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The humoral immune system is network of biological molecules designed to maintain a healthy homeostatic equilibrium. Because antibodies are an abundant and highly specific effector of immunological action, they are also an important reservoir of previous host exposures. Antibodies may play a major role in early detection of host challenge. Unfortunately, few practical methods exist for interpreting the information stored in antibody variable regions. Immunosignatures use a microarray of thousands of random sequence peptides to interrogate antibodies in a broad and unbiased fashion. The pattern of binding between antibody and peptide is reproducible. Once the system has been trained on a disease cohort, blinded samples can be reliably predicted. Although immunosignatures of both chronic and infectious disease have been extensively tested, less has been done to demonstrate how healthy immunosignatures change over time or between individuals. Here, we report the results of a study of immunosignatures of healthy persons over brief (12 h sampled once per hour), intermediate (32 days sampled once per day), and long (5 years sampled once every year) time spans. Using this information, we were also able to detect intentional and unintentional immunological perturbations in the form of a vaccine and an infection, respectively. Our findings suggest that, even with the variability inherent in healthy immunosignatures, a single person's immunosignature will remain constant over time. Over this healthy signature, vaccines and infections create subsignatures that are common across multiple people, even subsuming healthy fluctuations. These findings have implications for disease monitoring and early diagnosis.
The humoral immune system is a highly evolved network of biomolecules that captures information about environmental exposure. The goal is continuous testing and optimization of antibodies to eliminate a biological threat. Sometimes B-cells generate antihost antibodies, but generally, antibodies are benign information-containing markers of past exposure. The fact that the same molecule both captures information and exerts an effect has consequences on vaccine development and disease diagnosis (1). Since antibodies contain information about their target, we should be able to predict health status by monitoring for appearance of a new antibody species. However, without prior knowledge of which antibodies are important for a given disease, it becomes difficult to analyze the ~1012 different antibody molecules en masse. An immunosignature provides a snapshot of many antibodies simultaneously. If immunosignature data are queried using statistical and machine learning methods, these seemingly random patterns of antibody–peptide interactions can diagnose disease, even many diseases simultaneously (2, 3). However, it has become clear that healthy controls play an important role in the ability to detect disease patterns. Is there a typical “healthy” immunosignature? Is a healthy immunosignature stable over time? How much variance exists between healthy individuals? How do infection and vaccine signatures differ? We created a number of experiments using human volunteers to address these questions.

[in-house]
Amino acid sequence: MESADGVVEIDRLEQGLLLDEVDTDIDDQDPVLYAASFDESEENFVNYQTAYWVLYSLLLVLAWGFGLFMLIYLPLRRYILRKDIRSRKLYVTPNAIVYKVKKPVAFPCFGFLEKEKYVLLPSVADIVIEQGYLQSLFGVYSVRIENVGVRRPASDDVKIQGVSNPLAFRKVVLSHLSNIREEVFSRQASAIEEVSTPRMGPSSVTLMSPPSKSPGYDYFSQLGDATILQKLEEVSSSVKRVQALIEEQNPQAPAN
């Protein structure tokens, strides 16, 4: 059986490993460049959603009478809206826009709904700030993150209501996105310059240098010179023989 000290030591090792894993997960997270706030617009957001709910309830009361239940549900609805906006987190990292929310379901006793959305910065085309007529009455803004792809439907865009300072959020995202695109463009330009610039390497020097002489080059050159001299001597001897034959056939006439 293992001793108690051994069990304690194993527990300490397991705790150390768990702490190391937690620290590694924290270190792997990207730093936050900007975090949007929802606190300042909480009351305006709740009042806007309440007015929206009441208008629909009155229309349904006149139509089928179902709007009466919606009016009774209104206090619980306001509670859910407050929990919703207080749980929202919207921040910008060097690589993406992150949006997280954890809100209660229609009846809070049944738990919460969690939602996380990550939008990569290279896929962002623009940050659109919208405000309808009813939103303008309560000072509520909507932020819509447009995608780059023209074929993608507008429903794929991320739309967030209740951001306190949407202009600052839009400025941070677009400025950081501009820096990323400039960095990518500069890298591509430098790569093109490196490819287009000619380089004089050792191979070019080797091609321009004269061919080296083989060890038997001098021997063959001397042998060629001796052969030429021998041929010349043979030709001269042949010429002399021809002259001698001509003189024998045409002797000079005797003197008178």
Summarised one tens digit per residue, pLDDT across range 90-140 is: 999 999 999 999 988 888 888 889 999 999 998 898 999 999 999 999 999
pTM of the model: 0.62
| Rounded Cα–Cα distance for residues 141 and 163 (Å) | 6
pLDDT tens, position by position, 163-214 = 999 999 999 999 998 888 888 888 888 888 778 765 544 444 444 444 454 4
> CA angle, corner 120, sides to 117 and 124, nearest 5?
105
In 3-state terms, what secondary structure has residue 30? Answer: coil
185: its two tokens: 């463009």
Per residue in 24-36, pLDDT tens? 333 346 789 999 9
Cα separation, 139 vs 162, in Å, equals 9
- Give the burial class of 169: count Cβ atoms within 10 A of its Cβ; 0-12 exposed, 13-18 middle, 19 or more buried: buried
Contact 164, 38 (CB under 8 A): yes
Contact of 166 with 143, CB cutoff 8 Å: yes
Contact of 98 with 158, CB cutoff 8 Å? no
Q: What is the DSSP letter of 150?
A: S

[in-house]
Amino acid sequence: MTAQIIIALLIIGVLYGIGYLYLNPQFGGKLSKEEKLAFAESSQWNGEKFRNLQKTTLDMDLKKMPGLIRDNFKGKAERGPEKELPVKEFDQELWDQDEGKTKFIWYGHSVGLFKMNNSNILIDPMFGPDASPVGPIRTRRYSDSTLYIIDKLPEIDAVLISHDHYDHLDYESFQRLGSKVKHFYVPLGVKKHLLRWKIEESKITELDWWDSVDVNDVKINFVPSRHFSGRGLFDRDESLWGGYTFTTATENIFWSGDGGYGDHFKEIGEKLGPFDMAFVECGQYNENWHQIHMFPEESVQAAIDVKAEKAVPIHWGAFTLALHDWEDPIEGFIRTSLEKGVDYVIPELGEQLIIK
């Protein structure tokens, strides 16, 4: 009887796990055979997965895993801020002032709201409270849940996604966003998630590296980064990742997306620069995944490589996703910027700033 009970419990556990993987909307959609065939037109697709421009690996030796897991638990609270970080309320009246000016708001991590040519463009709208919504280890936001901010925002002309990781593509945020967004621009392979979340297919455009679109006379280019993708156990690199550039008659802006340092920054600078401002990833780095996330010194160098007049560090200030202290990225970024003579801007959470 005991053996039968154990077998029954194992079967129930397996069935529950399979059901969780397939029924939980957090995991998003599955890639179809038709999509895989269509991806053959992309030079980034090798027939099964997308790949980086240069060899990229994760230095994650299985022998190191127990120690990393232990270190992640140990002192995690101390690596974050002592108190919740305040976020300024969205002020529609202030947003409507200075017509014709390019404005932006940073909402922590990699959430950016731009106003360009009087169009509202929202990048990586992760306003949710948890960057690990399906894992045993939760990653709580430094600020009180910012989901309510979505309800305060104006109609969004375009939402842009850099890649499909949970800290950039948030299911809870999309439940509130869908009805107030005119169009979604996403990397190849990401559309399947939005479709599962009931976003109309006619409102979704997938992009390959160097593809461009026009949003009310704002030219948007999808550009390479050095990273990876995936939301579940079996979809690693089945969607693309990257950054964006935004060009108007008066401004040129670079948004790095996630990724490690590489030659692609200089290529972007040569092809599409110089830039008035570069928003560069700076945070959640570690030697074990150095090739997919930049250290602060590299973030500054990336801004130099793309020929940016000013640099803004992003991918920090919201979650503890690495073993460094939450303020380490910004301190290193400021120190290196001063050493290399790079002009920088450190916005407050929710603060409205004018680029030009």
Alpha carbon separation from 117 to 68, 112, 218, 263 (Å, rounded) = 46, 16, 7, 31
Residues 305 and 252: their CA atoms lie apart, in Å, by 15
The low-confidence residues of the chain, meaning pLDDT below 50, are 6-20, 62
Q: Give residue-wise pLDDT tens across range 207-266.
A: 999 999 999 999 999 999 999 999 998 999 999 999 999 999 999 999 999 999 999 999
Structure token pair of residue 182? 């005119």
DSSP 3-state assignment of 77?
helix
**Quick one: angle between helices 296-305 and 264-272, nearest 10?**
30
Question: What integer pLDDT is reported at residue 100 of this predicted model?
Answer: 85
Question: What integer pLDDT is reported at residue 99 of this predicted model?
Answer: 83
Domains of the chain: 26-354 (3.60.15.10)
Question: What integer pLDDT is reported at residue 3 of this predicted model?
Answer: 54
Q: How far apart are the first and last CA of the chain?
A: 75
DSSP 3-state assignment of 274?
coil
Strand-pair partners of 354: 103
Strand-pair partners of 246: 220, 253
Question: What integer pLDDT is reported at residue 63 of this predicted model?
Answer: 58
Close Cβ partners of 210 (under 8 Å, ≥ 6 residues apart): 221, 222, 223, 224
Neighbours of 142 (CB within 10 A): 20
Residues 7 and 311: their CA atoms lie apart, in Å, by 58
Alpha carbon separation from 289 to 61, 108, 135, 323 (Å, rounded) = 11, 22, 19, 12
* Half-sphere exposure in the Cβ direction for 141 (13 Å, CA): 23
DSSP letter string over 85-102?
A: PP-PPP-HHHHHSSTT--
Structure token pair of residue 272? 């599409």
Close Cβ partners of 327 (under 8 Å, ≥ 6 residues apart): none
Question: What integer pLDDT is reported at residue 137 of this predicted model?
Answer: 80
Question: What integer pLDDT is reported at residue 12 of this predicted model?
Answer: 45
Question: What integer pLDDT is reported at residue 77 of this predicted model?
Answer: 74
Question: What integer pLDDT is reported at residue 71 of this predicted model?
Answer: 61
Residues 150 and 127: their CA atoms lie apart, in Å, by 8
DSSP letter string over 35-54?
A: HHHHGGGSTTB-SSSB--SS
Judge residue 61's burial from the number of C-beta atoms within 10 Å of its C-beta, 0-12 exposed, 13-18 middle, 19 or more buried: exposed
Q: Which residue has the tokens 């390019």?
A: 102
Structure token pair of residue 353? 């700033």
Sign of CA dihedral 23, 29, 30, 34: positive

An immunosignature is a pattern of binding between serum antibodies and a microarray of random-sequence peptides. Antibodies will bind to random peptides under permissive binding conditions (4). The binding is detected by a fluorescent antispecies secondary antibody. A high-resolution laser scanner provides an intensity value for each peptide. Currently, the immunosignature platform is either 10,420 unique random-sequence 20-mer peptides with an N-terminal Cys-Ser-Gly (CSG) linker (Gene Expression Omnibus or GEO accession# Gly-Ser-Gly (GSG)17600, aka CIM 10K) or 328,794 unique random-sequence peptides that average ~14 amino acids in length with a C-terminal GSG linker (GEO accession# GPL17679, aka CIM 330K). Feature selection methods enable informative peptides to be selected, cross-validated, and then tested for diagnostic performance. Upon training with well-defined disease cohort(s) and relevant controls, prediction of blinded samples is often >90% accurate (5). Rather than measuring a single biomarker, immunosignatures measure hundreds of informative markers, yielding a reproducible and predictable disease-specific pattern with sufficient capacity to encompass variations in the normal population.